January 30, 2012 – As a fan of old movies, especially those in black and white, I probably spend more time watching Turner Classic Movies than HBO. I’ve seen hundreds of these oldies but goodies, yet none of them have been silent because the genre never appealed to me.
That’s why I wasn’t sure how I would feel about “The Artist”, the recently released silent movie that’s all the rage. Sure it took the Cannes Film Festival by storm, it won the Golden Globe for best picture (musical/comedy) and is nominated for an Academy Award for best picture. Still, I was skeptical.
I decided to see “The Artist” over the weekend, and thoroughly enjoyed this charming slice of nostalgia. It was clever and highly entertaining, and it held my interest from the moment it started until the credits rolled.
The premise is simple. Hollywood is on the brink of releasing “talkies” and the most popular silent actor (the artist) doesn’t believe they will be accepted and continues to make films faithful his silent art form. You can guess what happens from there.
The two main characters are French and Argentinean actors whose previous work I am not familiar with; Jean DuJardin as George Valentin and Berenice Bejo as Peppy Miller are so well cast and have the perfect faces for their expressive roles. There are other faces more recognizable who make up the supporting cast, such as a svelte John Goodman, James Cromwell and Malcolm Mc Dowell, to name a few, and they all make it believable.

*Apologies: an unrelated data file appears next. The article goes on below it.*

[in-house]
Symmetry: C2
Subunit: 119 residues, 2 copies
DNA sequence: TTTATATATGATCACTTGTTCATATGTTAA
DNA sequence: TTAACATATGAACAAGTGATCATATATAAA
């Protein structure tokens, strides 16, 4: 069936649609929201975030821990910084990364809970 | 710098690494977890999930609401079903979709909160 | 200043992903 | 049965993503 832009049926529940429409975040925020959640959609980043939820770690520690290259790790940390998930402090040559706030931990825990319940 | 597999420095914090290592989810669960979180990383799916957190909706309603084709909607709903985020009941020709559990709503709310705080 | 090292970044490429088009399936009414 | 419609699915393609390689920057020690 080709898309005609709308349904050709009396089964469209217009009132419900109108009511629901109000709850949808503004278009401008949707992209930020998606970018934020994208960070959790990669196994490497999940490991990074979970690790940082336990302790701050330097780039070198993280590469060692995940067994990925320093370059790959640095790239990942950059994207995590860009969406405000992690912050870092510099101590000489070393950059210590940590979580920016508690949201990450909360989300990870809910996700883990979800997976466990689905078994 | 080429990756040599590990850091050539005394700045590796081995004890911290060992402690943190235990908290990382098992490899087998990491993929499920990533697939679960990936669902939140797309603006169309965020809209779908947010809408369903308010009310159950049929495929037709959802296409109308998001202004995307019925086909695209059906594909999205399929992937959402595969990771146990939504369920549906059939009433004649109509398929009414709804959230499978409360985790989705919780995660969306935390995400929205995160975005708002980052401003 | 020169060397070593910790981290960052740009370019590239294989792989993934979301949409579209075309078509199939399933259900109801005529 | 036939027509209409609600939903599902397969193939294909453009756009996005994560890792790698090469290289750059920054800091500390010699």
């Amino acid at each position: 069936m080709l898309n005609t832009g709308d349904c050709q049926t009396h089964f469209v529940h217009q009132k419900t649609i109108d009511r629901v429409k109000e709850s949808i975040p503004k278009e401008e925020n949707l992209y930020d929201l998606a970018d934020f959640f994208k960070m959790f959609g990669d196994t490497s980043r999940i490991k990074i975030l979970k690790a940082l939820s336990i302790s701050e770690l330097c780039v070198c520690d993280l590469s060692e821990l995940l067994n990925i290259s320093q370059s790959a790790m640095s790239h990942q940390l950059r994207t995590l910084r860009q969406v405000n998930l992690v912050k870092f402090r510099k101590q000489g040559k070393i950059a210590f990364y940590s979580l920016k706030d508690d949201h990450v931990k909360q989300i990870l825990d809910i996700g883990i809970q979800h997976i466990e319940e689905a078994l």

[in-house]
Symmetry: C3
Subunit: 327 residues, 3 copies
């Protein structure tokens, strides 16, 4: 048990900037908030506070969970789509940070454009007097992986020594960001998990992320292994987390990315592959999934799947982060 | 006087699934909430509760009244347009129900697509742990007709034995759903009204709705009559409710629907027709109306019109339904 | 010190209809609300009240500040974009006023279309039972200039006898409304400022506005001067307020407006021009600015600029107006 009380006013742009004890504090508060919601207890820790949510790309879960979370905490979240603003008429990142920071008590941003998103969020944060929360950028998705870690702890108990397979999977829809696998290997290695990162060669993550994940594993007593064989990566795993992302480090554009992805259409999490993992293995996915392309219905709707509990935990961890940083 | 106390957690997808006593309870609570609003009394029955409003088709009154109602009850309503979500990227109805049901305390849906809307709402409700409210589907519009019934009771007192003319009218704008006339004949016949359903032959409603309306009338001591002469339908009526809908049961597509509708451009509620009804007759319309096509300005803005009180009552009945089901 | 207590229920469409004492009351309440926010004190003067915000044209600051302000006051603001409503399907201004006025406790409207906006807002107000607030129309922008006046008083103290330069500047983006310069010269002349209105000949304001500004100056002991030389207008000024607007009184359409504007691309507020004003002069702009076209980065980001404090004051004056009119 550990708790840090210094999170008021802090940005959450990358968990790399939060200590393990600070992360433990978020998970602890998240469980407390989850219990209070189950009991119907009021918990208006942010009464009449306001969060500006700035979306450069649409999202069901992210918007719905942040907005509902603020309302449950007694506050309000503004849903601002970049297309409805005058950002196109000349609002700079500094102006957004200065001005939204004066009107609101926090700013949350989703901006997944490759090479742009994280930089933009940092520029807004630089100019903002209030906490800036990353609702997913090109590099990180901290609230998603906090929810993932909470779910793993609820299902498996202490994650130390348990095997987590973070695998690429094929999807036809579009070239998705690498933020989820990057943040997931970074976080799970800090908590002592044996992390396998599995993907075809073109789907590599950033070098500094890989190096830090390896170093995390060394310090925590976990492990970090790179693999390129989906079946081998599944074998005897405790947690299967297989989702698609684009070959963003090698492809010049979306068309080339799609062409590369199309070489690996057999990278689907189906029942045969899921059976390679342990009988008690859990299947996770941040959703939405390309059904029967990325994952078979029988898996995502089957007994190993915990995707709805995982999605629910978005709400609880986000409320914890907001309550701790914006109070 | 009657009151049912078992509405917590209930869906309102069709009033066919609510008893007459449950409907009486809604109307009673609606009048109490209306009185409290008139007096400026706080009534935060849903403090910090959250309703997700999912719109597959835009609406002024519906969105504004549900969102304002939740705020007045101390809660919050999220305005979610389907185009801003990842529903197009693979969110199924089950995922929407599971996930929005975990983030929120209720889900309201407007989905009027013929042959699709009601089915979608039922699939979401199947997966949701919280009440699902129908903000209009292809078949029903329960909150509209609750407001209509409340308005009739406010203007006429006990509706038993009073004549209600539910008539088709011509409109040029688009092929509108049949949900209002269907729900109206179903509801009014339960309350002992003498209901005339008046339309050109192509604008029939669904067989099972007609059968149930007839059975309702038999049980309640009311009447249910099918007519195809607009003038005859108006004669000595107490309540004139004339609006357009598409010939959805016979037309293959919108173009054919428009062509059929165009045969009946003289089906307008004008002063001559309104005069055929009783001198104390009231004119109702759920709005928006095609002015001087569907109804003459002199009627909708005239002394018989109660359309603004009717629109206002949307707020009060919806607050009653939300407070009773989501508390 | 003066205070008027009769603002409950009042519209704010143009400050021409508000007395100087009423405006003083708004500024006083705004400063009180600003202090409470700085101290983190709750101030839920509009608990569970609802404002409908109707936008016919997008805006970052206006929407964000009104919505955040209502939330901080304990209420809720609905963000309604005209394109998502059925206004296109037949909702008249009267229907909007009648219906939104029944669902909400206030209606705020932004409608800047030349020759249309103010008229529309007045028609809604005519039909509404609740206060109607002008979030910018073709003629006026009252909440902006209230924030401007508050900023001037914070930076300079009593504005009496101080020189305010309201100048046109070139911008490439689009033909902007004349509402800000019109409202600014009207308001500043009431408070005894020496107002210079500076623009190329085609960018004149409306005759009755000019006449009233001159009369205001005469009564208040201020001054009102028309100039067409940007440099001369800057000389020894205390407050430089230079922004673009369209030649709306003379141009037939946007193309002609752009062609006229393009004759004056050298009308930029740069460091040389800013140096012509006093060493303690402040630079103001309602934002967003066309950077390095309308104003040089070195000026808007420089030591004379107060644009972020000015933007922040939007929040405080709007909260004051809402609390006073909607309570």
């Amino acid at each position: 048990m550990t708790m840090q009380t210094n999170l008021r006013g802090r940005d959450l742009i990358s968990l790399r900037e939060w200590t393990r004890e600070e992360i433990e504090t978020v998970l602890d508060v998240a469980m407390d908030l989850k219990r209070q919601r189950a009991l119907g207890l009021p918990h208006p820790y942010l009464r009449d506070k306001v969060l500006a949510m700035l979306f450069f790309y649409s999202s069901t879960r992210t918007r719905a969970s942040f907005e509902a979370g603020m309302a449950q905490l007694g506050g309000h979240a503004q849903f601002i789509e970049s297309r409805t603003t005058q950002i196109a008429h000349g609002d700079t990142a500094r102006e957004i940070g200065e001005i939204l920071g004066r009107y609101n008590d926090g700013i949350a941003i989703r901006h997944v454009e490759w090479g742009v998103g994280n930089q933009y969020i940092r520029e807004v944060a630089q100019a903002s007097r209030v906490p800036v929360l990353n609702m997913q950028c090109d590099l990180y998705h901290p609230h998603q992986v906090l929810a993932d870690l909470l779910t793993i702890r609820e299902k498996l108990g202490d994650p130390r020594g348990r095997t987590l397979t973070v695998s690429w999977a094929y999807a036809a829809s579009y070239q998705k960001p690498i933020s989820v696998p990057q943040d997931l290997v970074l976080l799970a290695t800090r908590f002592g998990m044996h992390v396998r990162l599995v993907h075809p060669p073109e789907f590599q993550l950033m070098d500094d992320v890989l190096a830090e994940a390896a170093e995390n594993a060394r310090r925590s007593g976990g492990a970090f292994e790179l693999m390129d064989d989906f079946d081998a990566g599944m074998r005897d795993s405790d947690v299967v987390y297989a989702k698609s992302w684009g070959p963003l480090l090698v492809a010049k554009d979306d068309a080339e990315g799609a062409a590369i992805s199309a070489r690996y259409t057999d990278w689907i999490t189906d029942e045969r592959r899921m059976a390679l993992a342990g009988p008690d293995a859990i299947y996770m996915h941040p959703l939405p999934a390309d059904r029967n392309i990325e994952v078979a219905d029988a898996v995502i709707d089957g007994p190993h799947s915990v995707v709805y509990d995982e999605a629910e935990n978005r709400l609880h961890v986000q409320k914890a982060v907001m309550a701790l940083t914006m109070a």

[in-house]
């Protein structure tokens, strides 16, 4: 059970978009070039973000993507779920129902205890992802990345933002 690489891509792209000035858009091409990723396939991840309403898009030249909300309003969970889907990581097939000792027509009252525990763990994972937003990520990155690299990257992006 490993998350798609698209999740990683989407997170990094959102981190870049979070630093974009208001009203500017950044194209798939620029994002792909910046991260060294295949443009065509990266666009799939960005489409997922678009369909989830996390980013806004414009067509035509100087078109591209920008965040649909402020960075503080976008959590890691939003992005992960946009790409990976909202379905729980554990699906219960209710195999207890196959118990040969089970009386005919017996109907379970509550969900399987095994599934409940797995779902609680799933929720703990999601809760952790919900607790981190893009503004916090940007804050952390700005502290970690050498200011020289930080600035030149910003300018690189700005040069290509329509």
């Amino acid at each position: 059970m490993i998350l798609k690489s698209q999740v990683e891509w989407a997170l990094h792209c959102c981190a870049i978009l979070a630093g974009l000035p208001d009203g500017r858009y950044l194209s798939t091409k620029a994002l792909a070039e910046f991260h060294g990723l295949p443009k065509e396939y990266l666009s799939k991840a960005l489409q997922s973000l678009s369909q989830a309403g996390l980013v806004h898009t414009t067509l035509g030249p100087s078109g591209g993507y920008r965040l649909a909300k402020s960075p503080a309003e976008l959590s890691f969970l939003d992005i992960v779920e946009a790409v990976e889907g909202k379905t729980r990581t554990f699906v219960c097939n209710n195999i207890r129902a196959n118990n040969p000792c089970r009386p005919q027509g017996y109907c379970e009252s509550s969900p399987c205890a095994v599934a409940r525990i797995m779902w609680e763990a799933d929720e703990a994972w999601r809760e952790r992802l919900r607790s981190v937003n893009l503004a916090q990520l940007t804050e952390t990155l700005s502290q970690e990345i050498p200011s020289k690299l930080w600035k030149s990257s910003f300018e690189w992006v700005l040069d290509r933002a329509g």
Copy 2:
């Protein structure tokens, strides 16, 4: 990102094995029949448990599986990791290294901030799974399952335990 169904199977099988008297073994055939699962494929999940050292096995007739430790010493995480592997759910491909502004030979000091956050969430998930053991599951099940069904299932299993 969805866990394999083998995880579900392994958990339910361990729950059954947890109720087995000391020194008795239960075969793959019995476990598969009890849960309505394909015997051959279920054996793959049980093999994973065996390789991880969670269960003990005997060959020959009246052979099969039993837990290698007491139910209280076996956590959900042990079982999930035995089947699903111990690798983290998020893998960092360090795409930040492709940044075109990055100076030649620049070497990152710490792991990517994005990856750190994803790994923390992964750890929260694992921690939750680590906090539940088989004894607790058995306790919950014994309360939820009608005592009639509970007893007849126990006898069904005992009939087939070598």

To my surprise (and as a writer to my dismay) you can get the gist of the story easily and without words. The actor’s expressions, the music and very few screen shots of dialogue made it evident. And as someone who believes words are crucial to a script, “The Artist” shows what can be accomplished quite beautifully without them, and that is to the credit of the filmmakers.
The movie may be described as “Singing in the Rain” meets “Sunset Boulevard” with hints of both present in the script, but it was braver and uniquely different; it’s actually a silent movie about making talkies. That’s a risky concept and one that won’t appeal to everyone, but I highly recommend it.
So, will I add silent movies to my lists of must-sees? Probably not, but I definitely won’t avoid them anymore.